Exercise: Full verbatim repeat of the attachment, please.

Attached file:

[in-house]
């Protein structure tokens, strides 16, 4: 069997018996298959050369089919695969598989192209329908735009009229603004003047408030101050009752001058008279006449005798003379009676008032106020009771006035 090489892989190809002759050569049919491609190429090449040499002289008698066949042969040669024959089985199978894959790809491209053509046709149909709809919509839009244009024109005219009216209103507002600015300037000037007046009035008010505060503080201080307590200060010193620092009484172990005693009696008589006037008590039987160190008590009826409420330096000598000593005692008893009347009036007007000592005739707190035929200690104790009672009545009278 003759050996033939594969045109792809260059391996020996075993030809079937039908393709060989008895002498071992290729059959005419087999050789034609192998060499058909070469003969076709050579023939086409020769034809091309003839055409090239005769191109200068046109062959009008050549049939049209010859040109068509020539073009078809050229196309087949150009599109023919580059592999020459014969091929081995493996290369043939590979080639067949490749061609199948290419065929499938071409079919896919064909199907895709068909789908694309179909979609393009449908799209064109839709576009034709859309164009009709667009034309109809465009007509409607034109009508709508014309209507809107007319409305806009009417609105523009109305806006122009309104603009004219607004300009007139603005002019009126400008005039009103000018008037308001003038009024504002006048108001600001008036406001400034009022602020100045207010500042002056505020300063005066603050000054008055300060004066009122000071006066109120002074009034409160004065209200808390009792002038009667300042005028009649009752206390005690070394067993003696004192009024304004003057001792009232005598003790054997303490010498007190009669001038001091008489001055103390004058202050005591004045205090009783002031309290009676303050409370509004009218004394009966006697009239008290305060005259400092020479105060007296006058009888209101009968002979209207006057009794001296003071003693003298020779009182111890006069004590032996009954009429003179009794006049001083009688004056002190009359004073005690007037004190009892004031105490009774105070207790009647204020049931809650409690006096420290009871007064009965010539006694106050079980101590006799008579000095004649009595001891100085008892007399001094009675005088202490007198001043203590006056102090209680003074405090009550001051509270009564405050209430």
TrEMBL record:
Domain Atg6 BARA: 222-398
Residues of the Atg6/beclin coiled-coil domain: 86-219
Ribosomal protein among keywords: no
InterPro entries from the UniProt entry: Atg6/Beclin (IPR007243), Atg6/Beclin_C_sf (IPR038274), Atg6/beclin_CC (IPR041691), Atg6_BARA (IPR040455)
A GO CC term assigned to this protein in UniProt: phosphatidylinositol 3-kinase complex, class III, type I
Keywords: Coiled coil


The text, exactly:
[in-house]
């Protein structure tokens, strides 16, 4: 069997018996298959050369089919695969598989192209329908735009009229603004003047408030101050009752001058008279006449005798003379009676008032106020009771006035 090489892989190809002759050569049919491609190429090449040499002289008698066949042969040669024959089985199978894959790809491209053509046709149909709809919509839009244009024109005219009216209103507002600015300037000037007046009035008010505060503080201080307590200060010193620092009484172990005693009696008589006037008590039987160190008590009826409420330096000598000593005692008893009347009036007007000592005739707190035929200690104790009672009545009278 003759050996033939594969045109792809260059391996020996075993030809079937039908393709060989008895002498071992290729059959005419087999050789034609192998060499058909070469003969076709050579023939086409020769034809091309003839055409090239005769191109200068046109062959009008050549049939049209010859040109068509020539073009078809050229196309087949150009599109023919580059592999020459014969091929081995493996290369043939590979080639067949490749061609199948290419065929499938071409079919896919064909199907895709068909789908694309179909979609393009449908799209064109839709576009034709859309164009009709667009034309109809465009007509409607034109009508709508014309209507809107007319409305806009009417609105523009109305806006122009309104603009004219607004300009007139603005002019009126400008005039009103000018008037308001003038009024504002006048108001600001008036406001400034009022602020100045207010500042002056505020300063005066603050000054008055300060004066009122000071006066109120002074009034409160004065209200808390009792002038009667300042005028009649009752206390005690070394067993003696004192009024304004003057001792009232005598003790054997303490010498007190009669001038001091008489001055103390004058202050005591004045205090009783002031309290009676303050409370509004009218004394009966006697009239008290305060005259400092020479105060007296006058009888209101009968002979209207006057009794001296003071003693003298020779009182111890006069004590032996009954009429003179009794006049001083009688004056002190009359004073005690007037004190009892004031105490009774105070207790009647204020049931809650409690006096420290009871007064009965010539006694106050079980101590006799008579000095004649009595001891100085008892007399001094009675005088202490007198001043203590006056102090209680003074405090009550001051509270009564405050209430």
TrEMBL record:
Domain Atg6 BARA: 222-398
Residues of the Atg6/beclin coiled-coil domain: 86-219
Ribosomal protein among keywords: no
InterPro entries from the UniProt entry: Atg6/Beclin (IPR007243), Atg6/Beclin_C_sf (IPR038274), Atg6/beclin_CC (IPR041691), Atg6_BARA (IPR040455)
A GO CC term assigned to this protein in UniProt: phosphatidylinositol 3-kinase complex, class III, type I
Keywords: Coiled coil